Ser Scot A Ellison

Memory, Sorrow, and Thorn/The Heart of what was Lost/The Last King of Osten Ard

309 posts in this topic

So, when do we get to see the Keida'ya spaceships?

;)

(New thread... continue)

Edited by Ser Scot A Ellison

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3000 years seems way too short.  One of the elf cities got swallowed up by a glacier!

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58 minutes ago, Derfel Cadarn said:

3000 years seems way too short.  One of the elf cities got swallowed up by a glacier!

Glaciers, in the right climate can move pretty quickly.  Certainly quickly enough to swallow a city in 3000 years.

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Well, the online timelines one can find give other numbers. But they are apparently only non-canon although partially based on Williams answering stuff, like about Utuk'ku's age during MST being about 10,000 years.

By the way, I liked the nod to Tolkien with Khand and Kementari. That Khand realm was first mentioned in the new story, right? I don't remember hearing anything about that.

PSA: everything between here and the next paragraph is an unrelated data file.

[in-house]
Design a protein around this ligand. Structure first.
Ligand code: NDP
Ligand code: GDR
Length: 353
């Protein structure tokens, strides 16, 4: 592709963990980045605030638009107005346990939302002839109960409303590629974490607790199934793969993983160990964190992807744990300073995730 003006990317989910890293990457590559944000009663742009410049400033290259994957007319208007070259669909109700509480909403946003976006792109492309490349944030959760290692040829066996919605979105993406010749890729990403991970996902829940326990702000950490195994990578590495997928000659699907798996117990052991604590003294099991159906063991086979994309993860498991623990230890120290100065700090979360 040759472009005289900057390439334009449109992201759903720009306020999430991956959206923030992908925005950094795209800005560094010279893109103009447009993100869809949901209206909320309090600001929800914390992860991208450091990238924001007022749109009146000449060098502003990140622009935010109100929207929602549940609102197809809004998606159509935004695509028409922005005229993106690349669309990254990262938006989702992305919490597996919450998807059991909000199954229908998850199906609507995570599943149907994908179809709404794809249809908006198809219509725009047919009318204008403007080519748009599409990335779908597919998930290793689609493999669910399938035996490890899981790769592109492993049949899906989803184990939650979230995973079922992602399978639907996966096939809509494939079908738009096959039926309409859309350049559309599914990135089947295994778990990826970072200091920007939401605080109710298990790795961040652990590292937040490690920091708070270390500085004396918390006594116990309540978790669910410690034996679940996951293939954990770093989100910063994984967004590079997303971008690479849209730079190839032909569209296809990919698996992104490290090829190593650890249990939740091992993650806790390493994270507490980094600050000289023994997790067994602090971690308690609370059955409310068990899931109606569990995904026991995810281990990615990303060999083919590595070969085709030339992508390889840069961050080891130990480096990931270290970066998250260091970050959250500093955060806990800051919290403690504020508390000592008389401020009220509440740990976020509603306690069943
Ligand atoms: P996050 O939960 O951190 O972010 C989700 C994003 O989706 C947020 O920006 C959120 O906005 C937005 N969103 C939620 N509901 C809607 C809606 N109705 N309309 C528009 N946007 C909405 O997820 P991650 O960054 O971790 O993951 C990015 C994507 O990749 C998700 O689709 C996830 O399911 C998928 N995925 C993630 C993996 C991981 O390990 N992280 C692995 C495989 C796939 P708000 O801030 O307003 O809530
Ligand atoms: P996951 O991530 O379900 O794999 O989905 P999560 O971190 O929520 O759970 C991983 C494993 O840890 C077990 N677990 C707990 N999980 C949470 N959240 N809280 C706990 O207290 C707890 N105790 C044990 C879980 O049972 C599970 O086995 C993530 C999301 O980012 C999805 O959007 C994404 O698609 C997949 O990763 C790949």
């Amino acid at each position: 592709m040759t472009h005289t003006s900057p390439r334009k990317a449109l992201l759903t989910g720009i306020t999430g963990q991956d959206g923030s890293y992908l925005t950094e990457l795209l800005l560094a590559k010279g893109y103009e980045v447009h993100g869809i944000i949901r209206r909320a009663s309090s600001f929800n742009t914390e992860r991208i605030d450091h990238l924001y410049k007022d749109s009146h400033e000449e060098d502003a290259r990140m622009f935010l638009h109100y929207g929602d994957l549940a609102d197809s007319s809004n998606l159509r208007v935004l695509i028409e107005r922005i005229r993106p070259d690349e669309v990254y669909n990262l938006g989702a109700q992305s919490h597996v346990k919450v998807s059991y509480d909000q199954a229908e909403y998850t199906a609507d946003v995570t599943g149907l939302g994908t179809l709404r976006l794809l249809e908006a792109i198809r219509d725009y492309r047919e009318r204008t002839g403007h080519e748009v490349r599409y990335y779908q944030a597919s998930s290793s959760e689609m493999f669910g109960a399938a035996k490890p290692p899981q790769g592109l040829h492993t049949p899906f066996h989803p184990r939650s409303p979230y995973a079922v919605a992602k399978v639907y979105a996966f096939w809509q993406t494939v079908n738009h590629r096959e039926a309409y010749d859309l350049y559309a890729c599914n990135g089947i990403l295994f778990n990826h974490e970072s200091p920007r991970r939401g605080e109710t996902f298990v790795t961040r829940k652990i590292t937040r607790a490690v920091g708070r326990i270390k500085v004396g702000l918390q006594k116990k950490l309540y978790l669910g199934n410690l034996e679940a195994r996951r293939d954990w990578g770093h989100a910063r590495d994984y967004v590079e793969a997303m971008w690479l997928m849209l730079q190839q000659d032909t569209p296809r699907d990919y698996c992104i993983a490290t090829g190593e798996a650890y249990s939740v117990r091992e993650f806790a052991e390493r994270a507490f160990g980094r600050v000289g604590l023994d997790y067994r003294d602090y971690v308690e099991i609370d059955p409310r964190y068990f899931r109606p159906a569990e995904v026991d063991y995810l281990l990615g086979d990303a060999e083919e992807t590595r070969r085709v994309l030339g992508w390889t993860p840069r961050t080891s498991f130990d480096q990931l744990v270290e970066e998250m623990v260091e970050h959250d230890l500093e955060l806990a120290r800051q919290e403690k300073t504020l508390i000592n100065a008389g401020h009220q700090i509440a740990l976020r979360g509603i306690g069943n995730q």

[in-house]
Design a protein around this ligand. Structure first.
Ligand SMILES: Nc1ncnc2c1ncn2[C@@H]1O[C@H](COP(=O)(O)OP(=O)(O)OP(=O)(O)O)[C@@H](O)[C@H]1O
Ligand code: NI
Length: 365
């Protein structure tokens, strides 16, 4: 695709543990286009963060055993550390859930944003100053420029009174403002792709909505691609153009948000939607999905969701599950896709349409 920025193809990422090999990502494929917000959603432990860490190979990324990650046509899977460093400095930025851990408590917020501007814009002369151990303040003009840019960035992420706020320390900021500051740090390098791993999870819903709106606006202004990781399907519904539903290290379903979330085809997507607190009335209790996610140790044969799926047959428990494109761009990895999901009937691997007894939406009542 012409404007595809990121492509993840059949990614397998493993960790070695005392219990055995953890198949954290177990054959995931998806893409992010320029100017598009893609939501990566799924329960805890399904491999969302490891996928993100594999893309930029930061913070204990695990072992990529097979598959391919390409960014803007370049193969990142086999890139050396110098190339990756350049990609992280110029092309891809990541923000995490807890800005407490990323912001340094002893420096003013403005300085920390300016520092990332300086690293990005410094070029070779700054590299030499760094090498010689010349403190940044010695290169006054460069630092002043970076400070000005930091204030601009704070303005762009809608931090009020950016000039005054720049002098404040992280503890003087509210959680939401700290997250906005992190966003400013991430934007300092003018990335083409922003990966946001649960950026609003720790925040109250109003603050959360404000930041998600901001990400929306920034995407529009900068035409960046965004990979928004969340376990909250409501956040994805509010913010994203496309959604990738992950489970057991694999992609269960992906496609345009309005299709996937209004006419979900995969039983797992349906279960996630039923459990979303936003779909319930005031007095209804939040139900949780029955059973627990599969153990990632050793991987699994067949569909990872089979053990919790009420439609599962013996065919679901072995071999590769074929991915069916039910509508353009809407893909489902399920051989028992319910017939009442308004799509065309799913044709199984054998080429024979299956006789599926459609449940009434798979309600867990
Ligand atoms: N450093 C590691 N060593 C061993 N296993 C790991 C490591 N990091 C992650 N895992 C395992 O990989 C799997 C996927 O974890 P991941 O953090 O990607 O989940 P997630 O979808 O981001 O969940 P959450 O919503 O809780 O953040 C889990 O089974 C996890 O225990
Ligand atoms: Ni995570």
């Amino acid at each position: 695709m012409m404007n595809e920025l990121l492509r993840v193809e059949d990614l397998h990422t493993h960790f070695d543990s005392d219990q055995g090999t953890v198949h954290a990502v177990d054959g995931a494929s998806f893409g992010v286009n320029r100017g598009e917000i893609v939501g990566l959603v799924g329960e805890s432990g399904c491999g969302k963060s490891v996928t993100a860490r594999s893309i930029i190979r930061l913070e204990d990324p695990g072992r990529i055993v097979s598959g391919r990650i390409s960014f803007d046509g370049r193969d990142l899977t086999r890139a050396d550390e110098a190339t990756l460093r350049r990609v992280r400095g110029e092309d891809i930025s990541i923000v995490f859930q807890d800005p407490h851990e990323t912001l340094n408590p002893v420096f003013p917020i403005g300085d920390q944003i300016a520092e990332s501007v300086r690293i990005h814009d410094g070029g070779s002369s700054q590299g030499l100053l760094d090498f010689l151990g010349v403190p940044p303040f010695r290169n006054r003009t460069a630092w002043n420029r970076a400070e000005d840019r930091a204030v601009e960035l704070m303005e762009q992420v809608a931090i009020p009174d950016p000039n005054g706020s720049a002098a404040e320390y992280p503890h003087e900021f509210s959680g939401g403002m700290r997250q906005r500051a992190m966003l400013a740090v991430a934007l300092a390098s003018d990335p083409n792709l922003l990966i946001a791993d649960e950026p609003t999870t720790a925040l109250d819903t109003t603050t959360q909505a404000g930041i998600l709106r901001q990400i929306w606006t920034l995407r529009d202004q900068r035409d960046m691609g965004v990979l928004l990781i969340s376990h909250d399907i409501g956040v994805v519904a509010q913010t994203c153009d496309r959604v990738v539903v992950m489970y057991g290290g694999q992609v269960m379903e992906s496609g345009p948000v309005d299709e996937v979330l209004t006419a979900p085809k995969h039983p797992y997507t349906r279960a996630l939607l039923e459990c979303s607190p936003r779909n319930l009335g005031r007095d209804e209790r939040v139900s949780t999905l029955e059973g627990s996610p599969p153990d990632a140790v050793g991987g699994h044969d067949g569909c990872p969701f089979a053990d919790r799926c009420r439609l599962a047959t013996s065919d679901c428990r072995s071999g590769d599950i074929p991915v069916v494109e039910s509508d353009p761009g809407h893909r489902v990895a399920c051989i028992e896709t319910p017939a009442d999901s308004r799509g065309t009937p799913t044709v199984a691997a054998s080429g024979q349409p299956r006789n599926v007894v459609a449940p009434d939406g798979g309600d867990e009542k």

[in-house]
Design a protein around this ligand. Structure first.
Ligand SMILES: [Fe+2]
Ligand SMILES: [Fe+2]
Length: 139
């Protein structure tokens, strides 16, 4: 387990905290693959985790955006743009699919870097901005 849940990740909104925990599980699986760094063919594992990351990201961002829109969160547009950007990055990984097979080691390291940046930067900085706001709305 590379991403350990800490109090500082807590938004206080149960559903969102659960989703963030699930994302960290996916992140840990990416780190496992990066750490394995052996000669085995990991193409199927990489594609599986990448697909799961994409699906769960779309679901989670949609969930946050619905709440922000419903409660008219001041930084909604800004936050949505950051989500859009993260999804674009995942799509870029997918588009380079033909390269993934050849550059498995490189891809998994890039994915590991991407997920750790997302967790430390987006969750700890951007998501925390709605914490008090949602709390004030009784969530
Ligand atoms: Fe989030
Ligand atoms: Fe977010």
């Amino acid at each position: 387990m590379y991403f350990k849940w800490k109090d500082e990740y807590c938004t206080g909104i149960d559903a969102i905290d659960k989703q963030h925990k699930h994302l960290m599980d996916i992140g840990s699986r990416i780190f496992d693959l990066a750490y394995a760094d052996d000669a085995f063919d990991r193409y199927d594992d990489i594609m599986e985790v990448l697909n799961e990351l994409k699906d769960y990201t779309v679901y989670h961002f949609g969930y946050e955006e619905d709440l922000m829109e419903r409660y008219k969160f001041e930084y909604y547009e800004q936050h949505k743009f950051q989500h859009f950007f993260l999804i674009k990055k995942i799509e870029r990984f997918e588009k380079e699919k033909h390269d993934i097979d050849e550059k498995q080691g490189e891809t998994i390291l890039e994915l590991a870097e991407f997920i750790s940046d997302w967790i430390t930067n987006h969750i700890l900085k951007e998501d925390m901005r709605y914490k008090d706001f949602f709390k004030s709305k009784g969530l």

As I think I mentioned some time in the old thread: I listened to the German audiobook of MST two years ago or so, in preparation for the new trilogy before it was postponed.

I'd not recommend a reread, though, for people who more or less remember the plot. The most interesting characters are those that are the least flashed out. Those scheming relations of Miriamele in Nabban. The Norn Queen and her servants. Any Sithi that aren't Jiriki and Aditu ;-). Pryrates and Elias. Especially the relation of these two is sort of weird. Pryrates is heavily retconned in the last book when we get insight into his thinking through Cadrach yet those revelations fit not well with what we learn about Pryrates schemes in the first book.

In detail it is that Pryrates originally only wanted to conjure up the phantom of Elias' wife to keep the favor of the king - only when Cadrach provided him with his knowledge about Nisses' book did he introduce Elias to Utuk'ku and Ineluki - but in the first book we have Pryrates reacting to the red comet and all the other signs clearly referring to Ineluki's grand plan much earlier.

We also have Pryrates capturing Josua with the intention to sacrifice him to the Storm King when the Norns deliver Sorrow to Elias - yet Elias doesn't remember/agree to give up Josua to the Norns.